Greek stocks rallied up to 5 percent on Monday, as its new left-wing government began what one market analyst called a "charm offensive" on to persuade its euro zone partners to create a new debt agreement with the country.
The government has already started to reverse austerity measures unpopular in Greece that were a condition of its current bailout agreement—a move that could make make negotiations harder.
"Germany remains, for its part firmly opposed to any form of debt reduction, as do the Finns, and it is these two stances that are becoming increasingly difficult to reconcile given that Greece's debt is to all intents and purposes unsustainable," said Michael Hewson, chief markets analyst at CMC Markets, in a note on Monday.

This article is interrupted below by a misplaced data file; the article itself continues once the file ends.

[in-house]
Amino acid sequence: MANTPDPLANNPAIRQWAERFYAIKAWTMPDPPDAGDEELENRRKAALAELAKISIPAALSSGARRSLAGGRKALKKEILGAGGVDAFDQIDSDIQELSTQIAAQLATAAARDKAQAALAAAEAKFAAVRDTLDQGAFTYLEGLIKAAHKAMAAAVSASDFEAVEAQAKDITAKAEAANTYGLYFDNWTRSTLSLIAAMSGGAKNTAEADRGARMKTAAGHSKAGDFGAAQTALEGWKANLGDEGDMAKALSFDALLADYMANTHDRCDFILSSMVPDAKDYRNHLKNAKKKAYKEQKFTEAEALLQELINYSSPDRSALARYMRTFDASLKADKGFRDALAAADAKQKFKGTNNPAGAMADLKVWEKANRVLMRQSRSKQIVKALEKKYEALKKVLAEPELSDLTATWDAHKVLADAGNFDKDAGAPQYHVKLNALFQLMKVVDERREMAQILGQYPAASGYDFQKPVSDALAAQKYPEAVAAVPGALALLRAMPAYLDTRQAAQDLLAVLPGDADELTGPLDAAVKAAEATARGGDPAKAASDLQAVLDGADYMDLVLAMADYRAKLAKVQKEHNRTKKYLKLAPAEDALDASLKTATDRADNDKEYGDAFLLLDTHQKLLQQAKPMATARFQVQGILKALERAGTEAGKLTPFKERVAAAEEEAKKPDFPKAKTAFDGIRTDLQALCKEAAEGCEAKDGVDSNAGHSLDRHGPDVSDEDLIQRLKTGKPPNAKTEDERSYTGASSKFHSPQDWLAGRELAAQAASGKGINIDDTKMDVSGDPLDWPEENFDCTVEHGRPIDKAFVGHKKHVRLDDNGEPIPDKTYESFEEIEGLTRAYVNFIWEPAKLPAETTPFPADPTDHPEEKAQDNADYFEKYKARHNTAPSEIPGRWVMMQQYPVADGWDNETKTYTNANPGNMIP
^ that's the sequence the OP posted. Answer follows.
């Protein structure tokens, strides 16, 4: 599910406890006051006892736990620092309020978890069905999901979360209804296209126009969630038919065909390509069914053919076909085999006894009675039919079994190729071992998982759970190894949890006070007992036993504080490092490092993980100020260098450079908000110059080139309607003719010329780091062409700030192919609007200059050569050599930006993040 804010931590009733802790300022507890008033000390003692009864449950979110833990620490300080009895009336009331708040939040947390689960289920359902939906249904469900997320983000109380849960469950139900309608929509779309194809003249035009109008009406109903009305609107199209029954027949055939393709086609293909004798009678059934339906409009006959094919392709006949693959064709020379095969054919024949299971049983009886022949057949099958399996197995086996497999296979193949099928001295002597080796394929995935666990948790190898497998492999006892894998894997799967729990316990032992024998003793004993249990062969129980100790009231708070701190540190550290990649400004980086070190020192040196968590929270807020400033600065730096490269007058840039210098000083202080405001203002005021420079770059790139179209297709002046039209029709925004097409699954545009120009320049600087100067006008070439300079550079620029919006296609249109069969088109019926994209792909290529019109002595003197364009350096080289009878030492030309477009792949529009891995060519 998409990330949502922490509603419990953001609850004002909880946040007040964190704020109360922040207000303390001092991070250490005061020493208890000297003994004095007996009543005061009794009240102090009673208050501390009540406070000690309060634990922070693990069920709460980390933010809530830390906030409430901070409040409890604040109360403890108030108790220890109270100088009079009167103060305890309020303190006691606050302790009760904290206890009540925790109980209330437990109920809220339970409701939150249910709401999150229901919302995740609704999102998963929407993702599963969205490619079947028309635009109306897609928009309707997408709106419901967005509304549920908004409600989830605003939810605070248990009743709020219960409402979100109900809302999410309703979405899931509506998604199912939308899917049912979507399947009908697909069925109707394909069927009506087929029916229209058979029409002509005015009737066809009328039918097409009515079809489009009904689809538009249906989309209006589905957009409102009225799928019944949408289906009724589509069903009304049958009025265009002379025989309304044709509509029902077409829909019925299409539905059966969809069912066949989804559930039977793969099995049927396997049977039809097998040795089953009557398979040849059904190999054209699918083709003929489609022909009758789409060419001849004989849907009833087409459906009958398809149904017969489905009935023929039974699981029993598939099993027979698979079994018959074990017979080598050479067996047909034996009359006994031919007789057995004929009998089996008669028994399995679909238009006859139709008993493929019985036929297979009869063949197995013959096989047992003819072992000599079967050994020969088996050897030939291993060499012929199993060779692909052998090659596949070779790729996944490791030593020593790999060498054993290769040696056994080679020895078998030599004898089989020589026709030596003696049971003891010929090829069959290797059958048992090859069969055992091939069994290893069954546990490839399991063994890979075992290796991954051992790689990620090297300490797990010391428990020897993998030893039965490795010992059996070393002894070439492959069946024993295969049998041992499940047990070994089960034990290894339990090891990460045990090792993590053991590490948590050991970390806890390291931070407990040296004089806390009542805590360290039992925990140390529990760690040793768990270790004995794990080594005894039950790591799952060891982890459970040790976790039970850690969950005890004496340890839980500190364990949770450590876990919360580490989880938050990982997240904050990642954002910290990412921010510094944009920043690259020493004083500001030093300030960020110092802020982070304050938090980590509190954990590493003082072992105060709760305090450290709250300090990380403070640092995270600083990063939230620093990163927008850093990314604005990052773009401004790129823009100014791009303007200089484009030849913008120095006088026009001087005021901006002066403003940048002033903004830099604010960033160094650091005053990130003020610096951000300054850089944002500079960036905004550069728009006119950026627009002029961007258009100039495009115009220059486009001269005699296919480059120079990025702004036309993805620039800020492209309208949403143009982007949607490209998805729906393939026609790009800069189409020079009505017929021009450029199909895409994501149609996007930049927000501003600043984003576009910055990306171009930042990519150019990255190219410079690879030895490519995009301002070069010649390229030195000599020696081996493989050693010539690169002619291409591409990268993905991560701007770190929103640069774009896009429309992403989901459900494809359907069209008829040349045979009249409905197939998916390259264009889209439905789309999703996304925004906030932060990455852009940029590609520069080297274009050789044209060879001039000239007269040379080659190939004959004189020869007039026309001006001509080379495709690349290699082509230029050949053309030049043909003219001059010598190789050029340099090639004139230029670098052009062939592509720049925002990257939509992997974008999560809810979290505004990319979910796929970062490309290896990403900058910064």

Read MoreCan Europe resist Greece's charm offensive?
The German DAX index was another strong performer on Monday, closing unofficially higher by 1.0 percent. The Spanish IBEX performed worst out of the major country bourses, ending unofficially lower by 1.4 percent.
Meanwhile, final January manufacturing PMI data for the euro zone came out on Monday. It showed factor activity grew slightly last month and the figure of 51.0 was in line with a previous estimate.
U.S. stocks opened higher on Monday, encouraged by rising oil prices, before paring some gains.